Development of model systems for the vector-host-pathogen interface of bubonic plague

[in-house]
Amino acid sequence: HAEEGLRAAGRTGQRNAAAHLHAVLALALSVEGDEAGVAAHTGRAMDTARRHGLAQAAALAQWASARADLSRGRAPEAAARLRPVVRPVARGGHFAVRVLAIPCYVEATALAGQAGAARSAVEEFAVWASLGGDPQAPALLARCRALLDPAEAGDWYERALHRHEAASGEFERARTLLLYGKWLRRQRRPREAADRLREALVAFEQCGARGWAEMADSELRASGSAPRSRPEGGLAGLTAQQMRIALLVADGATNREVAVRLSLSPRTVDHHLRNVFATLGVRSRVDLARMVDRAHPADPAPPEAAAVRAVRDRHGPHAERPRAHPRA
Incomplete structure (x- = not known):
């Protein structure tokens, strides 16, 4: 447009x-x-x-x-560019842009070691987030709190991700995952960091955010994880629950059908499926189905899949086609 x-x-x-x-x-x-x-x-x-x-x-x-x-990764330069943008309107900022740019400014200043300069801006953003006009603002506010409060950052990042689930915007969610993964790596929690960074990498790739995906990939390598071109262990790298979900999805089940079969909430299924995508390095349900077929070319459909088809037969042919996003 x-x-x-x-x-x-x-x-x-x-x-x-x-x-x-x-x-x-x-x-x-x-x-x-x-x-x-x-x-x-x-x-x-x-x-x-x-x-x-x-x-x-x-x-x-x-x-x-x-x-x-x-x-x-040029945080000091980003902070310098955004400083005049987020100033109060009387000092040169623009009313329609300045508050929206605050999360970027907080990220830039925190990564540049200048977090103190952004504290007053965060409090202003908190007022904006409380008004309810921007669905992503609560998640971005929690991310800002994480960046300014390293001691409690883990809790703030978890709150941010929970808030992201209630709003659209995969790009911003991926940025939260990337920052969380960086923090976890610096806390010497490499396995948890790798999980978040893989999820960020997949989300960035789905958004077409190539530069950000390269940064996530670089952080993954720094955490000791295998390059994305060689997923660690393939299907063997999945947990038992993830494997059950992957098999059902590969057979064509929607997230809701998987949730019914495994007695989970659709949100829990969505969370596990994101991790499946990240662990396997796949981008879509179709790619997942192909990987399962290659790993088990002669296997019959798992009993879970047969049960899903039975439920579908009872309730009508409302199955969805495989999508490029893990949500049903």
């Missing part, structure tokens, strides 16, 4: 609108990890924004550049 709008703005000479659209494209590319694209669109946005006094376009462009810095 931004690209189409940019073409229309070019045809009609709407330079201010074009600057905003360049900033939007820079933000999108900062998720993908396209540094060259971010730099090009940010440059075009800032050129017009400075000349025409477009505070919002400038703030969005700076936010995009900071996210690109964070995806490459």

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Bubonic plague infections begin in the dermis when the pathogen is introduced by a flea during a routine blood feed. Several barriers separate Yersinia pestis from its replicative niche, including phagocytic cells in the dermis and the refractory midgut environment of the vector. For this flea-borne disease, very little is known about the genetic factors that influence the establishment of infection in the flea midgut, the mechanism of transmission to naive hosts, trafficking of bacteria to the mammalian lymph node, or survival in disparate environments. Despite its lethality and the discovery of antibiotic resistant isolates, no licensed plague vaccine has been developed for use in the U.S. or Western Europe. Even a single cell of Y. pestis can initiate a lethal case of bubonic plague. Modern pandemics have originated from the endemic maintenance of flea and rodent interactions, as such, an improved understanding of genetic determinants that contribute to Y. pestis persistence, virulence, and transmission is warranted. In order to achieve this goal, we have generated improved genetic tools for studying mammalian pathogenesis of bubonic plague. In addition, we have developed and improved multiple model systems for comprehensive studies of the Yersinia pestis life cycle. Furthermore, we identified bacterial genetic factors that influenced survival and virulence in both mammalian and insect hosts. Ideally, the data provided will allow researchers to acquire consistent and reliable data about the Y. pestis life cycle that may ultimately improve epidemiological modeling and prevention of disease. Holistic and comprehensive research directed at the host-vector-pathogen interface will likely lead to development of methods for controlling vector-borne pathogens, like Yersinia pestis.